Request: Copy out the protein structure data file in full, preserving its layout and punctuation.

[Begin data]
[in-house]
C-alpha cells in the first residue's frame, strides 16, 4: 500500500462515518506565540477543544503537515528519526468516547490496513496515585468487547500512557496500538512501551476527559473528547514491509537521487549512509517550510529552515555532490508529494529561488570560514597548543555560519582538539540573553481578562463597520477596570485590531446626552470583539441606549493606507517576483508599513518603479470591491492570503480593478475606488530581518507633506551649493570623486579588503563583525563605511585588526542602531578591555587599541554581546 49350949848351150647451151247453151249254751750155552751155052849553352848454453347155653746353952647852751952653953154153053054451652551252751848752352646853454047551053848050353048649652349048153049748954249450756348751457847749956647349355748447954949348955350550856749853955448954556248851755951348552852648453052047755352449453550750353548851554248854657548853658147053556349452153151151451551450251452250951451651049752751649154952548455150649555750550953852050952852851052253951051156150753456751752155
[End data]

[in-house]
C-alpha cells in the first residue's frame, strides 16, 4: 500500500462515518506565540477543544503537515528519526468516547490496513496515585468487547500512557496500538512501551476527559473528547514491509537521487549512509517550510529552515555532490508529494529561488570560514597548543555560519582538539540573553481578562463597520477596570485590531446626552470583539441606549493606507517576483508599513518603479470591491492570503480593478475606488530581518507633506551649493570623486579588503563583525563605511585588526542602531578591555587599541554581546 49350949848351150647451151247453151249254751750155552751155052849553352848454453347155653746353952647852751952653953154153053054451652551252751848752352646853454047551053848050353048649652349048153049748954249450756348751457847749956647349355748447954949348955350550856749853955448954556248851755951348552852648453052047755352449453550750353548851554248854657548853658147053556349452153151151451551450251452250951451651049752751649154952548455150649555750550953852050952852851052253951051156150753456751752155